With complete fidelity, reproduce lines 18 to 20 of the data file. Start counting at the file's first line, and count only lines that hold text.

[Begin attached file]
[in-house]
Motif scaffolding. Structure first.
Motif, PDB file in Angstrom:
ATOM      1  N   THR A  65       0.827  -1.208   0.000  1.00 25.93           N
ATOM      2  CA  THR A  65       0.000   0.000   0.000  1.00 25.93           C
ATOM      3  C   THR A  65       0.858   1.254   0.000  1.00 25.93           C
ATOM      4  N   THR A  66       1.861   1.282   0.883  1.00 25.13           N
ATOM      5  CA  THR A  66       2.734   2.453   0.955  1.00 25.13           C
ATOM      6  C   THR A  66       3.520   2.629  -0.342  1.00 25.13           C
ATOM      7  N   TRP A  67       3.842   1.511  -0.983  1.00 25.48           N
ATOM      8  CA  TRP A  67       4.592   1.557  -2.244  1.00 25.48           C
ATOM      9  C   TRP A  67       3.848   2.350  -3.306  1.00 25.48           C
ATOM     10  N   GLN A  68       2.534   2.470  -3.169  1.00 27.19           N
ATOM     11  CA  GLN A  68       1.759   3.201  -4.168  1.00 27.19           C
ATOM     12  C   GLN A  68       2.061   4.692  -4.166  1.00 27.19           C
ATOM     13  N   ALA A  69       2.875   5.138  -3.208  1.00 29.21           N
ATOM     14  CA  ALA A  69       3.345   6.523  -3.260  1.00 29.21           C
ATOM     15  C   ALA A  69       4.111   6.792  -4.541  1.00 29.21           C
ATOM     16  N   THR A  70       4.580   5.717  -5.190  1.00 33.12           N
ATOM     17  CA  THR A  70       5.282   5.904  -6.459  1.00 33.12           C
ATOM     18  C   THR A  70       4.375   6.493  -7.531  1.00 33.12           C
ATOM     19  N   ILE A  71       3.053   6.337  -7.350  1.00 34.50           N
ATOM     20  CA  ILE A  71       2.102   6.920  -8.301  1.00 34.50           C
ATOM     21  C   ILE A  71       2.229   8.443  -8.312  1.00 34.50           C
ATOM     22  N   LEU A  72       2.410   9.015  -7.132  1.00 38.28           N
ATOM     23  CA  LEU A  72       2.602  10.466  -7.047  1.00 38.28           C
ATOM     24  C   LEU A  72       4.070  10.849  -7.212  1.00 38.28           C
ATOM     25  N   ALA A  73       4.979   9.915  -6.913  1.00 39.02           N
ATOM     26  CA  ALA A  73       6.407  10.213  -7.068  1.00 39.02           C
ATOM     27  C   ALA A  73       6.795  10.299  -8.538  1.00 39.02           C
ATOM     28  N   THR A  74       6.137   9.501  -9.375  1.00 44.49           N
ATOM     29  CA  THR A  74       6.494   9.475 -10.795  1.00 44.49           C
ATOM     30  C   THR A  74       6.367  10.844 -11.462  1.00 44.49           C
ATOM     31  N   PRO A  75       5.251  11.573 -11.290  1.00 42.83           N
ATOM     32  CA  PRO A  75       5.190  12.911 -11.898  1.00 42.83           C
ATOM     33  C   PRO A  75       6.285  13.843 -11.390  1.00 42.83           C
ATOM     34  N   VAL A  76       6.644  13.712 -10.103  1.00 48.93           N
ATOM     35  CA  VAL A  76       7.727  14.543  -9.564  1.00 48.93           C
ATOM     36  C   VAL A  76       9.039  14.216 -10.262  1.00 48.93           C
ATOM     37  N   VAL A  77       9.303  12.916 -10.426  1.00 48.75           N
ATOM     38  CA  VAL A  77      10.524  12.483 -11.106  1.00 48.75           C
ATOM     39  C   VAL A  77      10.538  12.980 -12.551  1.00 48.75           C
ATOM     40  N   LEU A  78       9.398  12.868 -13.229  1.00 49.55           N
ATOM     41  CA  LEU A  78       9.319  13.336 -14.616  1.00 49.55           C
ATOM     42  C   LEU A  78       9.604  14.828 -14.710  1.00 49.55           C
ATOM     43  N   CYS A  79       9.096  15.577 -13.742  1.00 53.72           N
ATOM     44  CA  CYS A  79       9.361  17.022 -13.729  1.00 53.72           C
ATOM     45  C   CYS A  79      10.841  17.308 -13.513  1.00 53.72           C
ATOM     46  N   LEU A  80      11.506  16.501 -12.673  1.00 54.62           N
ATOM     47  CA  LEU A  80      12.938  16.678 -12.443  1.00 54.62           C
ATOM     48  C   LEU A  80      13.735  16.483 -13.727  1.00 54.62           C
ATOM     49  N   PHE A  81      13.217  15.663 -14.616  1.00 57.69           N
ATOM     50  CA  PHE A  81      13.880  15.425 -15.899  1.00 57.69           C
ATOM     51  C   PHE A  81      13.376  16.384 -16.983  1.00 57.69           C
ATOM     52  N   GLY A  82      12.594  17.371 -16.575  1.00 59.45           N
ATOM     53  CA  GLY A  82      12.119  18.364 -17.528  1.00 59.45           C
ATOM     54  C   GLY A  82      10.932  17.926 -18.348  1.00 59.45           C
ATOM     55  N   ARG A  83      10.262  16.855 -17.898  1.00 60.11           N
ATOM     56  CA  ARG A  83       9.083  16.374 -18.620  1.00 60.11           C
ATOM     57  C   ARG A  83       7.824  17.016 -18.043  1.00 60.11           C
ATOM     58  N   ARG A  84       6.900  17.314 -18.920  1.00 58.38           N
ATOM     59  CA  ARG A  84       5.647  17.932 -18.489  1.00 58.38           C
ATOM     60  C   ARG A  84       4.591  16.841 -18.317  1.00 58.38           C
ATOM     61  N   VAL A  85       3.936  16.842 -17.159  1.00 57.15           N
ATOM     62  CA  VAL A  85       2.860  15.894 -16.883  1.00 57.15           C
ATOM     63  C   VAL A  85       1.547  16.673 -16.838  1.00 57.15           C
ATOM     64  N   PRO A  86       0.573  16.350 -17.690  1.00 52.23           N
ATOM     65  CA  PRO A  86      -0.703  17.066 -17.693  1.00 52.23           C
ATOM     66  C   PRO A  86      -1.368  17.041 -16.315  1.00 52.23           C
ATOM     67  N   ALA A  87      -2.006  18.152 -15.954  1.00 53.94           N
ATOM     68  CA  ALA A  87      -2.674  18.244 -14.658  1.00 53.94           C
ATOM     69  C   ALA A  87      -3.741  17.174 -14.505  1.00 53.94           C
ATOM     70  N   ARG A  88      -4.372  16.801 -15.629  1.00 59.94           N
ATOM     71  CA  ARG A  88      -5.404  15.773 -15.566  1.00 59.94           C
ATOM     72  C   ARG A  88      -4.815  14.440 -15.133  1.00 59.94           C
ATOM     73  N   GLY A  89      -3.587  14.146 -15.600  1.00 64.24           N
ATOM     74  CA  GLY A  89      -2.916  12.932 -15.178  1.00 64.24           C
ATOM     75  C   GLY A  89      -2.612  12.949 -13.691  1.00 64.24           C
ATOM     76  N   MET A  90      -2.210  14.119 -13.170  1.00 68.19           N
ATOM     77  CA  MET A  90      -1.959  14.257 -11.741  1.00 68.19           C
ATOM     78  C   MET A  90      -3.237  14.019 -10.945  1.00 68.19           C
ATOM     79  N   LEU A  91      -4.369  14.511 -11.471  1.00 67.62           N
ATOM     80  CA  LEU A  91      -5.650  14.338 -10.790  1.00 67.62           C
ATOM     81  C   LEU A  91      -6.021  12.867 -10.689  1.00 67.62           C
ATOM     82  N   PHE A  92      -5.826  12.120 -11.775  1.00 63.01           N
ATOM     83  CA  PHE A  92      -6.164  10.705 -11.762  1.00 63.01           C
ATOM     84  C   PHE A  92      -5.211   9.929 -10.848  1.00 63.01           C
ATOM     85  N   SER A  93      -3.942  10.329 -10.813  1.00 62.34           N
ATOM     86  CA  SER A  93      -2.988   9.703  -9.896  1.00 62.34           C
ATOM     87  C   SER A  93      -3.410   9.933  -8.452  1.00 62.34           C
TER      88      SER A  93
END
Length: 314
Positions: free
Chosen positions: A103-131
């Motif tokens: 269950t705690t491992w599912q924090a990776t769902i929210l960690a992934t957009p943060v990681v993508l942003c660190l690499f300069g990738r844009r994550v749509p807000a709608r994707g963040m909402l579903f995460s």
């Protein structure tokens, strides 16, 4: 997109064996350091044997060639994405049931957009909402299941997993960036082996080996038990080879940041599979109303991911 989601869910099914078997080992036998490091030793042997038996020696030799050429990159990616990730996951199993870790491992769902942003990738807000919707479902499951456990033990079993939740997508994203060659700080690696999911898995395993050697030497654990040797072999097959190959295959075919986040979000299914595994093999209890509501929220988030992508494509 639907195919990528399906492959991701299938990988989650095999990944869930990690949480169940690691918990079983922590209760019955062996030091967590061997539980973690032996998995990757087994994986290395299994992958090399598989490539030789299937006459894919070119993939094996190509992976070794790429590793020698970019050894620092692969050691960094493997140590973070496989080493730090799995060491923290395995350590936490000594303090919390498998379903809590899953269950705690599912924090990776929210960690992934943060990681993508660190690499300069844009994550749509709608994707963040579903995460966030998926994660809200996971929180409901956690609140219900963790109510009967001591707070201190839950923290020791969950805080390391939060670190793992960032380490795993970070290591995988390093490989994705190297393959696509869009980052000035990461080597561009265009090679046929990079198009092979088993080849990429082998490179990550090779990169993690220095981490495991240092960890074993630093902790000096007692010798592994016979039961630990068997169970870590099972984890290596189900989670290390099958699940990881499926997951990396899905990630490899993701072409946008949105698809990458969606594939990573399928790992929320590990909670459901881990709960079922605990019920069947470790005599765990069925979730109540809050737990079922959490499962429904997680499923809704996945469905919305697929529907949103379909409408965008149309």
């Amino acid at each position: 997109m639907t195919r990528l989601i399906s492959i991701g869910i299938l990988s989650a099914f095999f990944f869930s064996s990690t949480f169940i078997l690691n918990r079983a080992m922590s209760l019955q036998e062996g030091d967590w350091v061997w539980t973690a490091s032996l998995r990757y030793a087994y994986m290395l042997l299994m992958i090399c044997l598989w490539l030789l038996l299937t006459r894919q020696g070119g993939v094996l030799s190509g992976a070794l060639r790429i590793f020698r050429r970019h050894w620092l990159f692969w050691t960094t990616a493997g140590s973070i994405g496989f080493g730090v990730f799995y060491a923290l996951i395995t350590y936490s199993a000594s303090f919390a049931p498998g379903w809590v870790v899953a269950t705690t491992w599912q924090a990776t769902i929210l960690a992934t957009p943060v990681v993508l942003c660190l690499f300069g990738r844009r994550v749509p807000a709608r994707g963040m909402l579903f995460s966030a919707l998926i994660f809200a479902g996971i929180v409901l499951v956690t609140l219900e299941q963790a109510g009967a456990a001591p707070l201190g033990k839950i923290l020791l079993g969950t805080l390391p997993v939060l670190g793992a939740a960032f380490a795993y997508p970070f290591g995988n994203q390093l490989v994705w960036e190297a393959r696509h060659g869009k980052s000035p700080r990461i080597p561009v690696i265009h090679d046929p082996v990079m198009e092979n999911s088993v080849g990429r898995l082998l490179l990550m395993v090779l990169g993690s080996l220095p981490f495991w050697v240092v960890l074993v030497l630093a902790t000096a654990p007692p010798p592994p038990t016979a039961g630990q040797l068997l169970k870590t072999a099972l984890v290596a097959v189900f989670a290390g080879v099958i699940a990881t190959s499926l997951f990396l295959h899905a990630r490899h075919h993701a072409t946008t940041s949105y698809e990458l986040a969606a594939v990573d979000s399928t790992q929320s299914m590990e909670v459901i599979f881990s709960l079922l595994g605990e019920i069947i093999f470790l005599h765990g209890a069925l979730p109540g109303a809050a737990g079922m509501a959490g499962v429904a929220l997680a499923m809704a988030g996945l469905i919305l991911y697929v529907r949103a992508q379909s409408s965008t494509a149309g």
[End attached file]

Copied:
ATOM     15  C   ALA A  69       4.111   6.792  -4.541  1.00 29.21           C
ATOM     16  N   THR A  70       4.580   5.717  -5.190  1.00 33.12           N
ATOM     17  CA  THR A  70       5.282   5.904  -6.459  1.00 33.12           C